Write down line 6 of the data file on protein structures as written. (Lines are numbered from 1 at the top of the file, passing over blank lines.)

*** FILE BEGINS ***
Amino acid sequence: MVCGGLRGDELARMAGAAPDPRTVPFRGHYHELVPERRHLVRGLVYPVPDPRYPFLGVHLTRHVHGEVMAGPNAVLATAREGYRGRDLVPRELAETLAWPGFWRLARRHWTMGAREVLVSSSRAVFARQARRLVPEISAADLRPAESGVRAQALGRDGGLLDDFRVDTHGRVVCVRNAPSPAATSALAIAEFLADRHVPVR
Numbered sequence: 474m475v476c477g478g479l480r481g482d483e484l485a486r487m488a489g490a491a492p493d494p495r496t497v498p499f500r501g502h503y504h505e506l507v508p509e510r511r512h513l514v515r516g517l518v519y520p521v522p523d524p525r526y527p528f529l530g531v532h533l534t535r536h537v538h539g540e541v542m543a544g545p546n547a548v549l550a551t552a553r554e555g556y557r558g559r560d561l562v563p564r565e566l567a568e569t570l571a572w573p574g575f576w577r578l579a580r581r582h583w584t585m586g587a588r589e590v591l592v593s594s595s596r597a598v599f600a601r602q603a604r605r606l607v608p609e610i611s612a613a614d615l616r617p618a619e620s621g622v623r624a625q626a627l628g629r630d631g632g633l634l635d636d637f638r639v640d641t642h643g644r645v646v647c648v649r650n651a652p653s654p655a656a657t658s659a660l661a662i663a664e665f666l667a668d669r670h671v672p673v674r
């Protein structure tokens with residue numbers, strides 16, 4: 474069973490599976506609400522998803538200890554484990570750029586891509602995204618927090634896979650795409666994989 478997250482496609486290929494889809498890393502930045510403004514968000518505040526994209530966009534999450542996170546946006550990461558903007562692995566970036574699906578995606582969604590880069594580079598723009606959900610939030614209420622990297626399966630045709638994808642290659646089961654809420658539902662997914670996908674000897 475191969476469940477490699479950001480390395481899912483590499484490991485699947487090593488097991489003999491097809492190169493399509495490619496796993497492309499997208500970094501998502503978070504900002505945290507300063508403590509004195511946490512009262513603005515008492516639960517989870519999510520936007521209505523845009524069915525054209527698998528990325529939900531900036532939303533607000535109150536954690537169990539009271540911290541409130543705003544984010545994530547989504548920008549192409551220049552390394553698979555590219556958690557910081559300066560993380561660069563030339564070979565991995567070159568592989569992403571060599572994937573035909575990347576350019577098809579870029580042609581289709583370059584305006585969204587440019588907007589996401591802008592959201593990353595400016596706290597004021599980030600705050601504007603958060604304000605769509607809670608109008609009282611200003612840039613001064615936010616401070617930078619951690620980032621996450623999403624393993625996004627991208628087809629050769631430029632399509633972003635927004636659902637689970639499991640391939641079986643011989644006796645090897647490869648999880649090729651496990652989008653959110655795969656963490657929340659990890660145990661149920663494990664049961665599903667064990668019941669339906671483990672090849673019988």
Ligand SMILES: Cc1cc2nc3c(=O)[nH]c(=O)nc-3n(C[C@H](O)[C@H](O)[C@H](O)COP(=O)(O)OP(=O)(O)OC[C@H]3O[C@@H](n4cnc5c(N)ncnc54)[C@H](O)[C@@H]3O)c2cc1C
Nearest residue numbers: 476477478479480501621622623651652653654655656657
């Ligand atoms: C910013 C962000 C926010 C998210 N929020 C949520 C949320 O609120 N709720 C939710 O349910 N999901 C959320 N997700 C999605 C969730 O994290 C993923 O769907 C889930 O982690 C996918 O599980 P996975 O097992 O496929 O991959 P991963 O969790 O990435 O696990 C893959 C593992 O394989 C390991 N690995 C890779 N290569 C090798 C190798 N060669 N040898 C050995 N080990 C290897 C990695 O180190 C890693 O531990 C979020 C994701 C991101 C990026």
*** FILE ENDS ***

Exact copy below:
């Ligand atoms: C910013 C962000 C926010 C998210 N929020 C949520 C949320 O609120 N709720 C939710 O349910 N999901 C959320 N997700 C999605 C969730 O994290 C993923 O769907 C889930 O982690 C996918 O599980 P996975 O097992 O496929 O991959 P991963 O969790 O990435 O696990 C893959 C593992 O394989 C390991 N690995 C890779 N290569 C090798 C190798 N060669 N040898 C050995 N080990 C290897 C990695 O180190 C890693 O531990 C979020 C994701 C991101 C990026």